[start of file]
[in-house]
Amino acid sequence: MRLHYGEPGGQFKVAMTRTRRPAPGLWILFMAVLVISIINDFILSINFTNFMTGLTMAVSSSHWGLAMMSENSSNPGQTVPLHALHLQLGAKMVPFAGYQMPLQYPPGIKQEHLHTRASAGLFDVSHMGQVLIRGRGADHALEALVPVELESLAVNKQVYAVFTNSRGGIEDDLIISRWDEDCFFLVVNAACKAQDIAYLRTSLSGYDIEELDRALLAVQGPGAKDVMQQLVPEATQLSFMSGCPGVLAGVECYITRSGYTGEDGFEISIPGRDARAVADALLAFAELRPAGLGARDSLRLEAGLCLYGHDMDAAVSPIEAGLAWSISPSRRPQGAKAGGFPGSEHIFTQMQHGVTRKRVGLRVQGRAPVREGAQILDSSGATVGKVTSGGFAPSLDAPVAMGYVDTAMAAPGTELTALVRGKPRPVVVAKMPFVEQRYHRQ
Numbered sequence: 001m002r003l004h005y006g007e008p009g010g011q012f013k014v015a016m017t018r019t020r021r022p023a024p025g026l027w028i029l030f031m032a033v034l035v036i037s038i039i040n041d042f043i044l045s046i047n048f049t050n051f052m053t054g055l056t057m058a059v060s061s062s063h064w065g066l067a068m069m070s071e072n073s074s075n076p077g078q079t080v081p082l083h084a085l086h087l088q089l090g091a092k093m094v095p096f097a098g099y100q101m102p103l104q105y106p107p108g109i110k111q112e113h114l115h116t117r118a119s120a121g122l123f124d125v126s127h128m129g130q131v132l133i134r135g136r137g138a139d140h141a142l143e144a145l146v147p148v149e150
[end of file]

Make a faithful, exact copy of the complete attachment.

[in-house]
Amino acid sequence: MRLHYGEPGGQFKVAMTRTRRPAPGLWILFMAVLVISIINDFILSINFTNFMTGLTMAVSSSHWGLAMMSENSSNPGQTVPLHALHLQLGAKMVPFAGYQMPLQYPPGIKQEHLHTRASAGLFDVSHMGQVLIRGRGADHALEALVPVELESLAVNKQVYAVFTNSRGGIEDDLIISRWDEDCFFLVVNAACKAQDIAYLRTSLSGYDIEELDRALLAVQGPGAKDVMQQLVPEATQLSFMSGCPGVLAGVECYITRSGYTGEDGFEISIPGRDARAVADALLAFAELRPAGLGARDSLRLEAGLCLYGHDMDAAVSPIEAGLAWSISPSRRPQGAKAGGFPGSEHIFTQMQHGVTRKRVGLRVQGRAPVREGAQILDSSGATVGKVTSGGFAPSLDAPVAMGYVDTAMAAPGTELTALVRGKPRPVVVAKMPFVEQRYHRQ
Numbered sequence: 001m002r003l004h005y006g007e008p009g010g011q012f013k014v015a016m017t018r019t020r021r022p023a024p025g026l027w028i029l030f031m032a033v034l035v036i037s038i039i040n041d042f043i044l045s046i047n048f049t050n051f052m053t054g055l056t057m058a059v060s061s062s063h064w065g066l067a068m069m070s071e072n073s074s075n076p077g078q079t080v081p082l083h084a085l086h087l088q089l090g091a092k093m094v095p096f097a098g099y100q101m102p103l104q105y106p107p108g109i110k111q112e113h114l115h116t117r118a119s120a121g122l123f124d125v126s127h128m129g130q131v132l133i134r135g136r137g138a139d140h141a142l143e144a145l146v147p148v149e150